Americans in Gallup poll say holiday spending will rise to 2019 level
The Gallup poll released Thursday shows Americans plan to spend an average of $932 on gifts this season, close to the $942 that the survey giant recorded in 2019.
Spending in 2020 saw the largest one-year drop recorded in the poll, Gallup noted, falling to $805 before it recovered slightly to $837 in 2021.
Pollsters found 37 percent of Americans plan to spend at least $1,000 on Christmas gifts this year, while 20 percent plan to spend between $500 and $999. Only 3 percent said they plan to spend less than $100, in line with previous years.
Despite the expected increase in average spending, 55 percent of respondents said they will spend about the same amount they did last year, while 26 percent said they will spend less and 17 percent said they will spend more.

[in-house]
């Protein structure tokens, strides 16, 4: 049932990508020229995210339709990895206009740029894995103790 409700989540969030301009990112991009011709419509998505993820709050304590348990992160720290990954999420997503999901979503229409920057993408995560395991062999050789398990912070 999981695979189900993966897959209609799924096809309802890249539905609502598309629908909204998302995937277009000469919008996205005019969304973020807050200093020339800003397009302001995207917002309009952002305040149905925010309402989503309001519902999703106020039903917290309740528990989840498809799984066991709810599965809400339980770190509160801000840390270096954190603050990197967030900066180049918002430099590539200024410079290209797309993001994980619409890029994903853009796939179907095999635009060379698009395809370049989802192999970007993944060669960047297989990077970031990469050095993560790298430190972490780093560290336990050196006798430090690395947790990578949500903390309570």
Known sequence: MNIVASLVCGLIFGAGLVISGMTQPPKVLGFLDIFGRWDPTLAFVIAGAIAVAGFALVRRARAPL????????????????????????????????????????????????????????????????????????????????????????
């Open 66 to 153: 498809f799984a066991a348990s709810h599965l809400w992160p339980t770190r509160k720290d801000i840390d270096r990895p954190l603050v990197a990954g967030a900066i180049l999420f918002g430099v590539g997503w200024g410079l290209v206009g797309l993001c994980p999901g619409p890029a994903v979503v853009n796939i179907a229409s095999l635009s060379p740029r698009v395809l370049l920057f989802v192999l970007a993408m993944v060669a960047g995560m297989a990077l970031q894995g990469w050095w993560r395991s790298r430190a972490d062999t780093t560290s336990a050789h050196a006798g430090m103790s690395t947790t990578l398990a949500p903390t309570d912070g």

These percentages are similar to the past two years, but are more reserved than what Gallup recorded from 2017 to 2019. The most caution that Gallup has found among respondents in its polling was in 2008, amid the Great Recession, when spending dropped almost 5 percent.
Gallup’s analysis states that Americans may be expecting to spend more on holiday shopping due to inflation. It also states that their intentions to buy higher-priced goods is a promising sign for retailers.
Gallup gathers estimates of how much Americans plan to spend during the holiday season annually each October. It said it cannot precisely predict how much consumers will spend, but the findings usually indicate the direction spending levels are going.
Changes in the economy, gas prices and major news events can also influence spending, it noted.
Fears about supply chain issues and inflation last year reportedly led many Americans to buy their gifts earlier. The combination of low unemployment and high savings caused retail sales in November and December of 2021 to increase by 14 percent, much higher than the average 4 percent increase in National Retail Foundation estimates since 2006.
The new poll was conducted from Oct. 3 to 20 among 1,009 U.S. adults. The margin of error is 4 percentage points.